with evacuation procedures and cages/carriers. Take the
cage/carrier out several times a year and put dog or cat treats
inside with blankets and toys. By doing this, you will reinforce
positive feelings associated with the animal carrier.
purposes, cat carriers should be large enough to hold a small
litter pan and two small dishes and still allow your cat enough
room to lie down comfortably or stand to use the litter pan. Dog
kennels or collapsible cages should be large enough to hold two
nonspill bowls and still allow enough room for your dog to stand
and turn around. For added assurance, clearly label each carrier
with your identification and contact information.
Avoid transporting any pet outside
of a carrier. Even the most well-behaved and loyal pet may
become frightened during an emergency and try to run away or get
in your way while you are driving. Also, the likelihood of
serious injury in an automobile collision is much higher for
unrestrained pets than those in carriers or restraint harnesses.
Restraint harnesses should be considered for pets that are too
large to fit into a carrier. Pets not being transported in a
carrier should have a sturdy leash attached to a collar or
harness at all times.
photocopies of important veterinary documents to store in the
Important documents to include are
vaccination records, a list of any known medical conditions or
allergies that your pet has and a list of medications or a
photocopy of the drug labels for any medications that your pet
What to Do
When the Evacuation Order is Given
family, including your animals, as early as possible. By leaving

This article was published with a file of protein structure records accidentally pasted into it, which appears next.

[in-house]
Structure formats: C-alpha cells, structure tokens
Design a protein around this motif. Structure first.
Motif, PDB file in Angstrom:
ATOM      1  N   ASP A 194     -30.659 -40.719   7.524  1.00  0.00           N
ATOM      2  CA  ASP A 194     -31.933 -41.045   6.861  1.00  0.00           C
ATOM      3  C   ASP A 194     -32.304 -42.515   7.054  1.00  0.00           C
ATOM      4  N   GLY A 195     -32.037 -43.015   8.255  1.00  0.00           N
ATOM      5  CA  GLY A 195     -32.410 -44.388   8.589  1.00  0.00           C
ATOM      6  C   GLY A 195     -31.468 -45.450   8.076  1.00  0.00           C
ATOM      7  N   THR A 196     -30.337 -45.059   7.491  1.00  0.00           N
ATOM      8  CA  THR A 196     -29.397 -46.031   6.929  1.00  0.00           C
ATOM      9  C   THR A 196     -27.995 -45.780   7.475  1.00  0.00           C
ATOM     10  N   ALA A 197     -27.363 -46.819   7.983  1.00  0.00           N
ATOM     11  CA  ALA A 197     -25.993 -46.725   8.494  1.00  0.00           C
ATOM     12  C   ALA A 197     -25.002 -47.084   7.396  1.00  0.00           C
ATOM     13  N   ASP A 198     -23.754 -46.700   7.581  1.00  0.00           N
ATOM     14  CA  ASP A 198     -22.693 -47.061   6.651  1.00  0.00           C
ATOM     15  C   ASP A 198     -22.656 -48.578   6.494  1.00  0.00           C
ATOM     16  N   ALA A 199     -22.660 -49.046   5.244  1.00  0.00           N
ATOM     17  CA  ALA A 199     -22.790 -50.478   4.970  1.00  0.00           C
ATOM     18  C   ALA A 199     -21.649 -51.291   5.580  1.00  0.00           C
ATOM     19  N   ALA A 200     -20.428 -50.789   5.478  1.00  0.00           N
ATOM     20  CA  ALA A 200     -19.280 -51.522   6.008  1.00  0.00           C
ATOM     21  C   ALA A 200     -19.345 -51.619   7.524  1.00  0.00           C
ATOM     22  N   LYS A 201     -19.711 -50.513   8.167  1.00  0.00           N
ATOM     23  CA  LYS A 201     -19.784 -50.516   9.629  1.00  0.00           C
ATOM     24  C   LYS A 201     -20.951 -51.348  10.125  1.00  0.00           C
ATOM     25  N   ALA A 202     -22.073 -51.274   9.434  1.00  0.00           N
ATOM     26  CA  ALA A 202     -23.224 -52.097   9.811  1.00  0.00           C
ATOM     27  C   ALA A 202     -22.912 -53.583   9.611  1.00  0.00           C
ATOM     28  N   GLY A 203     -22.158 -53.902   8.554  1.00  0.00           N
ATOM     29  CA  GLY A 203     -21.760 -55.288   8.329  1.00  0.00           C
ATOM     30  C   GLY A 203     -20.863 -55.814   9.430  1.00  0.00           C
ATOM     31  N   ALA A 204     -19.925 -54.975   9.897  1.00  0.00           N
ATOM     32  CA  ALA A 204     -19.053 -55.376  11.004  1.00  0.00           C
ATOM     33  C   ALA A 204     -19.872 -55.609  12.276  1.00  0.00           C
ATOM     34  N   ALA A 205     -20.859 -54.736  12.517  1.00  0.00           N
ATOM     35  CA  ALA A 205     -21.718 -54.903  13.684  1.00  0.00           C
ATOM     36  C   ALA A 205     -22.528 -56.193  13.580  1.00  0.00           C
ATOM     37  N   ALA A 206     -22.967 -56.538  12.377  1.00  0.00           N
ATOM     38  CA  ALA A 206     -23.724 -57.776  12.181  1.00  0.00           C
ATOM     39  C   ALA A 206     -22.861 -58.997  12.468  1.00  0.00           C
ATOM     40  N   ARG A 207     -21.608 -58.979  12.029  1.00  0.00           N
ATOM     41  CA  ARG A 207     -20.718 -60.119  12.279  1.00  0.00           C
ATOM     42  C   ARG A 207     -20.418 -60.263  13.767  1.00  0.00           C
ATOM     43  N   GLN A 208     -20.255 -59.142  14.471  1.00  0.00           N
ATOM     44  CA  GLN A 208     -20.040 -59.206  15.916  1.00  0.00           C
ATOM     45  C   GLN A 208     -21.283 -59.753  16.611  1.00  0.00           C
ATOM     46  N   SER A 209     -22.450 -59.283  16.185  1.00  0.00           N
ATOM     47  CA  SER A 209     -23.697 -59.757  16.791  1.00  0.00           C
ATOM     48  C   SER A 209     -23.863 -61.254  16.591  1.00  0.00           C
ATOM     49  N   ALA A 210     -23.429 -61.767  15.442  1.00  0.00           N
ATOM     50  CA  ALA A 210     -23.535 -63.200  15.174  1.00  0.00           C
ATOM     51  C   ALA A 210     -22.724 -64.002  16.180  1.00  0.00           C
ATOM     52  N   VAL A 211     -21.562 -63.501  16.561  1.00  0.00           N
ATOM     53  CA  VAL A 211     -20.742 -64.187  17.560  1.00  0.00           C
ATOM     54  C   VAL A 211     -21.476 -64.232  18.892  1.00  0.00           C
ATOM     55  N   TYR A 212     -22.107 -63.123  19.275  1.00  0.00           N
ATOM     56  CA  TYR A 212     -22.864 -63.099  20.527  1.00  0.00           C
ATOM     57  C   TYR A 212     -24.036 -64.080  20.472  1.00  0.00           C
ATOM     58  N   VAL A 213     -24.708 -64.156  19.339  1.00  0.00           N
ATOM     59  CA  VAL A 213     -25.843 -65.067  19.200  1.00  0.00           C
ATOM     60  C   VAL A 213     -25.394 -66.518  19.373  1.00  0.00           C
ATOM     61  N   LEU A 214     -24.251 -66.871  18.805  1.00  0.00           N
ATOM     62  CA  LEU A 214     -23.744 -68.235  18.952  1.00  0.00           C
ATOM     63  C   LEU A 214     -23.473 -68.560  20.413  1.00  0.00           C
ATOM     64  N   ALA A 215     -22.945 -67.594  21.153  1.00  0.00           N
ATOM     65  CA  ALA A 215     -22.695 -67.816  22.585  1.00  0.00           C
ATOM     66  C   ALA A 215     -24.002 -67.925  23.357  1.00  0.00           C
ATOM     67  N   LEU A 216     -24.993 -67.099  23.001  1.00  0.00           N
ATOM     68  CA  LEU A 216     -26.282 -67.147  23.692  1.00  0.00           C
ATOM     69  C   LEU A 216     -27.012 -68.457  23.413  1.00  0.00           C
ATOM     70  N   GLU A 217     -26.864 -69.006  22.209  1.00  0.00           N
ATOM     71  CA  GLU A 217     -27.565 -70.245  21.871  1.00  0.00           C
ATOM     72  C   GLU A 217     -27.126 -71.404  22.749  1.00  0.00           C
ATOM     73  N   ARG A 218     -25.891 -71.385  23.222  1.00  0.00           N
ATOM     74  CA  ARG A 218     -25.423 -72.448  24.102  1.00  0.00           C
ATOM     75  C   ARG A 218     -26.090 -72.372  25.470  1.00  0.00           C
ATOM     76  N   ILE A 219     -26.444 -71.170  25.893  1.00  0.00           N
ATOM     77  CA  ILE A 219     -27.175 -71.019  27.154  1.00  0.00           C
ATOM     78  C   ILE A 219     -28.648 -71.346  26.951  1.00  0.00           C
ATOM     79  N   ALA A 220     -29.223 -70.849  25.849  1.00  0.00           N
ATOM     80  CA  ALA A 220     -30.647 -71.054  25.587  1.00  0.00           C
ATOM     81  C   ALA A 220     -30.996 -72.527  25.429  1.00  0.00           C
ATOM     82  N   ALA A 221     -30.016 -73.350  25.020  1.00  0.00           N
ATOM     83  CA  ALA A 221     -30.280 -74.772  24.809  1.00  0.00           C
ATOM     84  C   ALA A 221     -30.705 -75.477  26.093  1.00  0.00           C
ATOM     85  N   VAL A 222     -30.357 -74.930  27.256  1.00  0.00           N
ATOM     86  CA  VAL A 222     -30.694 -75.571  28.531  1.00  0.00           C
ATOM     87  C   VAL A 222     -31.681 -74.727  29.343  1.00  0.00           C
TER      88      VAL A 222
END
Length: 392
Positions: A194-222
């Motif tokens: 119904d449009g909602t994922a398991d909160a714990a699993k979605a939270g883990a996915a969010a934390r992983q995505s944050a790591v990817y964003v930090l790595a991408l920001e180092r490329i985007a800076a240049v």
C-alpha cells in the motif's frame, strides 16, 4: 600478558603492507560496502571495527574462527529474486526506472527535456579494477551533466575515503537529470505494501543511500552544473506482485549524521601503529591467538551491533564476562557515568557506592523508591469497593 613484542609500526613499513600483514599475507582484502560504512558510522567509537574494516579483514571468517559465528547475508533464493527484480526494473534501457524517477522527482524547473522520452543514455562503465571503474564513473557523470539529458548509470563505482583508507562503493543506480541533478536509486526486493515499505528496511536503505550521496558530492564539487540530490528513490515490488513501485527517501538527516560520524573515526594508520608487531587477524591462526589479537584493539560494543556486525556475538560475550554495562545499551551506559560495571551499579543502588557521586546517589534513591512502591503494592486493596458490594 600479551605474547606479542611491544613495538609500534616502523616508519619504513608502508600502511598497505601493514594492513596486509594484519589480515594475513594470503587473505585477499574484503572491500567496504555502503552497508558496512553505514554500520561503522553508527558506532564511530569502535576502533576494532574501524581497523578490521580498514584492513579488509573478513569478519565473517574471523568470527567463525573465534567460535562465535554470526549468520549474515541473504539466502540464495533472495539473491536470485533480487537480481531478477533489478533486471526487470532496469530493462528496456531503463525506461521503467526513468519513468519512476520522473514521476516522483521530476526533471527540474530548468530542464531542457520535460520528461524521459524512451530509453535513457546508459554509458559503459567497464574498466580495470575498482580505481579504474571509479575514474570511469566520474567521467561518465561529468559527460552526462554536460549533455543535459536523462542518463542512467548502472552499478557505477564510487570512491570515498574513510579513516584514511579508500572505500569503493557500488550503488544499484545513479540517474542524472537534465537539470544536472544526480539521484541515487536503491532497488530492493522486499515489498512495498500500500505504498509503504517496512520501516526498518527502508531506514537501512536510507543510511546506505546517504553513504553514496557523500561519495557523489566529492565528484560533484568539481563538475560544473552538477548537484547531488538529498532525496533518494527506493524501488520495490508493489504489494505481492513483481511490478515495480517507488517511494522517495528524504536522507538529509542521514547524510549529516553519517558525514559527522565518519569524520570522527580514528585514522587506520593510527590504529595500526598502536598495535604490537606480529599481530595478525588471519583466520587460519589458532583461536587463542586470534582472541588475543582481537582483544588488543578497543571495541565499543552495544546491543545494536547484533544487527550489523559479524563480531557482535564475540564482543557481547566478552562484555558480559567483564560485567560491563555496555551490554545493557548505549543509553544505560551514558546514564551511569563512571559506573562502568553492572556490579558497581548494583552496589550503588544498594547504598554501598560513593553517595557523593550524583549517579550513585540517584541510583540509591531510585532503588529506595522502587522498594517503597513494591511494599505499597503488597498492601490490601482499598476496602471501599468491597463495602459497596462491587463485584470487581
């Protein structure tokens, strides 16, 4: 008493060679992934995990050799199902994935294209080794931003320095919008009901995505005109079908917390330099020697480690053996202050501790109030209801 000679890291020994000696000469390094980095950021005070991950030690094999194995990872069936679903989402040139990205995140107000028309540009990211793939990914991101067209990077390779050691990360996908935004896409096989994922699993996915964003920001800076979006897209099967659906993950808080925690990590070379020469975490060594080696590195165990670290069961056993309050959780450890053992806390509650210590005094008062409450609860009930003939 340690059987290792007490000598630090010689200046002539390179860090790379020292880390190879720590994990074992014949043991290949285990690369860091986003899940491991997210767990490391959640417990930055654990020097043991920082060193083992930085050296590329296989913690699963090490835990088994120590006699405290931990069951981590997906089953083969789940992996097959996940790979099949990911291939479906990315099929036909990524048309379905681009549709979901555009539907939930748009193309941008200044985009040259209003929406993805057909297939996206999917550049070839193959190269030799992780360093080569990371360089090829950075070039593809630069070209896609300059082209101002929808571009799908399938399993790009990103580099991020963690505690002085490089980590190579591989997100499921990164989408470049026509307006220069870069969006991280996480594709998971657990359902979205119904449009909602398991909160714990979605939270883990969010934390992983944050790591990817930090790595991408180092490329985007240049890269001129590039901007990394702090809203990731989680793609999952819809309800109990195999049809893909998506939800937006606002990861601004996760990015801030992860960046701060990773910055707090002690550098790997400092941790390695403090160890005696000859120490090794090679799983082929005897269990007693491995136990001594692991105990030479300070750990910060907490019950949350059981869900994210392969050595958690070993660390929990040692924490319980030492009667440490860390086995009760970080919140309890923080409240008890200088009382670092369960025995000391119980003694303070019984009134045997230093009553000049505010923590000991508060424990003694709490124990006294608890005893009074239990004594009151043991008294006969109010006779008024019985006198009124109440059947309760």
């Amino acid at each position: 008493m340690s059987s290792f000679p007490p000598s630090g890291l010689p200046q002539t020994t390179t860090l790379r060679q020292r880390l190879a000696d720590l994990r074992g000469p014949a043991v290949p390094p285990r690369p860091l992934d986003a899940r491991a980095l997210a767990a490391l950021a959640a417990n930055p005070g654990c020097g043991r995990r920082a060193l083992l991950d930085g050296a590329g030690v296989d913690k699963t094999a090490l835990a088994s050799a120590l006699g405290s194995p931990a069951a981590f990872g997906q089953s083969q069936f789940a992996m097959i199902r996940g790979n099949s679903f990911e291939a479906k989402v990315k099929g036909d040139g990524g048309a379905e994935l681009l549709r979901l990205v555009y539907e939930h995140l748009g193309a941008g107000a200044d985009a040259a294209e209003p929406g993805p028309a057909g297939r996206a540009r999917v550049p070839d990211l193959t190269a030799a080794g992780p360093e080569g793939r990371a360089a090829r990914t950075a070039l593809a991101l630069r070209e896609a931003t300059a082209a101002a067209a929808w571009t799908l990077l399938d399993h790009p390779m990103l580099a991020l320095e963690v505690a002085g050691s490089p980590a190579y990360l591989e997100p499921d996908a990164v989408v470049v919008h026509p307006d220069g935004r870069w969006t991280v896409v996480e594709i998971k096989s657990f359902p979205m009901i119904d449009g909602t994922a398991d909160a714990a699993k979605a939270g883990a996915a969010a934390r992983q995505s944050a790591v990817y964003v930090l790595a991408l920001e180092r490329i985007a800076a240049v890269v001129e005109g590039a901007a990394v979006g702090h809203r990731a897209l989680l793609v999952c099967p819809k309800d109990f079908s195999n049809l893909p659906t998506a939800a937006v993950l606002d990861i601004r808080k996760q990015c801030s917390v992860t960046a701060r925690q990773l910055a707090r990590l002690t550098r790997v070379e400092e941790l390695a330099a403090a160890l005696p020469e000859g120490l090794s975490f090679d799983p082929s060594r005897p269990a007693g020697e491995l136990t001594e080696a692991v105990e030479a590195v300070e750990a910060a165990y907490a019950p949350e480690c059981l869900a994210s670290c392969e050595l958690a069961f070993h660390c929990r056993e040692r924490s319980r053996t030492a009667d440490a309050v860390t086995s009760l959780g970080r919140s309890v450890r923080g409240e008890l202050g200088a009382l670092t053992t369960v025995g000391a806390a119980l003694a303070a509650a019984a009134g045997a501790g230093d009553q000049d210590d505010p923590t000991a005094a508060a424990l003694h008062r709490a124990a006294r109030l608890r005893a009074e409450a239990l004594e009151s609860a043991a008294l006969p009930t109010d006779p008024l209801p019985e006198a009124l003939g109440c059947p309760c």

you will decrease the chance of becoming victims of the
dogs, cats, and other small animals indoors.
all animals have collars and some form of identification
small pets, including cats and small dogs, inside individual
transportable carriers. When stressed, animals that normally
get along may become aggressive towards each other.
leashes on all large dogs.
larger animal cages/carriers into your vehicle. These will
serve as temporary housing for your animals if needed.
animal evacuation kit and supplies into your vehicle.
prearranged animal evacuation site to confirm availability
your equine/livestock evacuation plan.
with your animals–ASAP!
area inside and outside your home to identify sharp objects,
dangerous materials, dangerous wildlife, contaminated water,
downed power lines, or other hazards.
scents and landmarks may have changed, and this can confuse
cats, dogs, and other small animals indoors only. They could
encounter dangerous wildlife and debris if they are allowed
outside unsupervised and unrestrained.
birds and reptiles only if necessary and only when they are
calm and in an enclosed room.
food in small servings, gradually working up to full
portions if animals have been without food for a prolonged
period of time.
uninterrupted rest/sleep for all animals to recover from the
trauma and stress.
check animal control and animal shelters DAILY for lost
animal notices and notify local veterinarians and your
neighbors of any lost animals (visit
for lost and found animals).
information on how to prepare including detailed checklists,
Saving the Whole Family from the American Veterinary Medical